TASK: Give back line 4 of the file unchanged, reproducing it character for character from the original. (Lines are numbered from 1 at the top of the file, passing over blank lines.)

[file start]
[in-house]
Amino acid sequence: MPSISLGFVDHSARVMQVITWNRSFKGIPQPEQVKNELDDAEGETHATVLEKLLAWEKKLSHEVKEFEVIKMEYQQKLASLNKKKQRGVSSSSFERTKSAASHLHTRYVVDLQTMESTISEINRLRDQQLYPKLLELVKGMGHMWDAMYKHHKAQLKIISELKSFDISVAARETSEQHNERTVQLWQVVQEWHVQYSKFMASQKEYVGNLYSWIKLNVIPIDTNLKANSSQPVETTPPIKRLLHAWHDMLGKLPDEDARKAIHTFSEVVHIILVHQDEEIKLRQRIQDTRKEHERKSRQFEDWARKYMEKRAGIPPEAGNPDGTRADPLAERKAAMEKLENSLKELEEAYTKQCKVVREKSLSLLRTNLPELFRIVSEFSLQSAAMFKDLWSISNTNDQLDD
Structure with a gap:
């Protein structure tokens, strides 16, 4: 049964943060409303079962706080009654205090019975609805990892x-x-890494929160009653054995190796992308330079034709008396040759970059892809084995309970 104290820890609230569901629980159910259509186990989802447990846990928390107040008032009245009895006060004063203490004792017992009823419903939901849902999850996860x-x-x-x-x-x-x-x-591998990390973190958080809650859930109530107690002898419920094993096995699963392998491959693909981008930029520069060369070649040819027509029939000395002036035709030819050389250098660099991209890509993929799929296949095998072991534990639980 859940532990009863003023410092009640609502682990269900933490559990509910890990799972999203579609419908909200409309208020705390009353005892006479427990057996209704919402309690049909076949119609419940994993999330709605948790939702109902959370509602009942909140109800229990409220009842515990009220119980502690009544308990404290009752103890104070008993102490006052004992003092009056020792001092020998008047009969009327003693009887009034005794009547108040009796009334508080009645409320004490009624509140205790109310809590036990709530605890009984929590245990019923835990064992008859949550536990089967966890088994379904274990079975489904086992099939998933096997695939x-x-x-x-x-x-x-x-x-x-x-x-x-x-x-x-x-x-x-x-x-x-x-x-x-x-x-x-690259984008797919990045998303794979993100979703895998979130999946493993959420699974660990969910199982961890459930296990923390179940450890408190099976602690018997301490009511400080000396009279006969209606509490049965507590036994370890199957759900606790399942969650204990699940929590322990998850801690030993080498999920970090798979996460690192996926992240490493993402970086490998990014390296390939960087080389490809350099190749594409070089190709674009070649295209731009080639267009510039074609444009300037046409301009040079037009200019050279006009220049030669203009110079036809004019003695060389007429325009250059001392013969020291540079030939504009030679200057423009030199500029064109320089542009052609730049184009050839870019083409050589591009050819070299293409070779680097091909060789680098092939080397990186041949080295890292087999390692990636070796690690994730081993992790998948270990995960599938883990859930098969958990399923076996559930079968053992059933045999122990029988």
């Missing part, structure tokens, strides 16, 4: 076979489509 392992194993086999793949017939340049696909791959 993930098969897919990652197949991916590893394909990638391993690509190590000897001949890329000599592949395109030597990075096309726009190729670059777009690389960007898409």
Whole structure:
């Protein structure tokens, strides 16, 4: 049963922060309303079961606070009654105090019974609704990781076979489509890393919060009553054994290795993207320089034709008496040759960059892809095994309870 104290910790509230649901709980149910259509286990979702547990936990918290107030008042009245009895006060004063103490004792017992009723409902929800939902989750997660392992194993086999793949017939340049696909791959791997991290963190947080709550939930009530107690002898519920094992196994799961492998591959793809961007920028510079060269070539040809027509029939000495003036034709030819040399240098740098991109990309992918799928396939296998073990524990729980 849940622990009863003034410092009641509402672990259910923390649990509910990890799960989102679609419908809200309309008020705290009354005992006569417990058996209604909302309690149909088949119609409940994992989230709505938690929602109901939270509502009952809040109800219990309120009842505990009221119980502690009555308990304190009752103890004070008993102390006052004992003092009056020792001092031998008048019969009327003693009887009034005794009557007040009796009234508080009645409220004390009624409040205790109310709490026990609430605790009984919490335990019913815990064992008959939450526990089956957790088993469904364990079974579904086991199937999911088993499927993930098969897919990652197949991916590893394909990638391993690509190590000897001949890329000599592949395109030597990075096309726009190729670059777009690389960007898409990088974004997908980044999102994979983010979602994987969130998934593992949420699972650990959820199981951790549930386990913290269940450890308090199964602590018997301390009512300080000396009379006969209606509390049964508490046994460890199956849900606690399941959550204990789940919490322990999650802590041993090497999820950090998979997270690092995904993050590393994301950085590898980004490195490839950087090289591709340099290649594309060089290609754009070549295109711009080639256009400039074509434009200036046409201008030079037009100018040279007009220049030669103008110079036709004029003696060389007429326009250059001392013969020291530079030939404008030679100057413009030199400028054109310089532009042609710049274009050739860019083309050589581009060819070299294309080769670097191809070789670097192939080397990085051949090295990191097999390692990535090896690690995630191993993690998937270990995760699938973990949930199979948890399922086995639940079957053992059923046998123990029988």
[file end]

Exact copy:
């Protein structure tokens, strides 16, 4: 049964943060409303079962706080009654205090019975609805990892x-x-890494929160009653054995190796992308330079034709008396040759970059892809084995309970 104290820890609230569901629980159910259509186990989802447990846990928390107040008032009245009895006060004063203490004792017992009823419903939901849902999850996860x-x-x-x-x-x-x-x-591998990390973190958080809650859930109530107690002898419920094993096995699963392998491959693909981008930029520069060369070649040819027509029939000395002036035709030819050389250098660099991209890509993929799929296949095998072991534990639980 859940532990009863003023410092009640609502682990269900933490559990509910890990799972999203579609419908909200409309208020705390009353005892006479427990057996209704919402309690049909076949119609419940994993999330709605948790939702109902959370509602009942909140109800229990409220009842515990009220119980502690009544308990404290009752103890104070008993102490006052004992003092009056020792001092020998008047009969009327003693009887009034005794009547108040009796009334508080009645409320004490009624509140205790109310809590036990709530605890009984929590245990019923835990064992008859949550536990089967966890088994379904274990079975489904086992099939998933096997695939x-x-x-x-x-x-x-x-x-x-x-x-x-x-x-x-x-x-x-x-x-x-x-x-x-x-x-x-690259984008797919990045998303794979993100979703895998979130999946493993959420699974660990969910199982961890459930296990923390179940450890408190099976602690018997301490009511400080000396009279006969209606509490049965507590036994370890199957759900606790399942969650204990699940929590322990998850801690030993080498999920970090798979996460690192996926992240490493993402970086490998990014390296390939960087080389490809350099190749594409070089190709674009070649295209731009080639267009510039074609444009300037046409301009040079037009200019050279006009220049030669203009110079036809004019003695060389007429325009250059001392013969020291540079030939504009030679200057423009030199500029064109320089542009052609730049184009050839870019083409050589591009050819070299293409070779680097091909060789680098092939080397990186041949080295890292087999390692990636070796690690994730081993992790998948270990995960599938883990859930098969958990399923076996559930079968053992059933045999122990029988």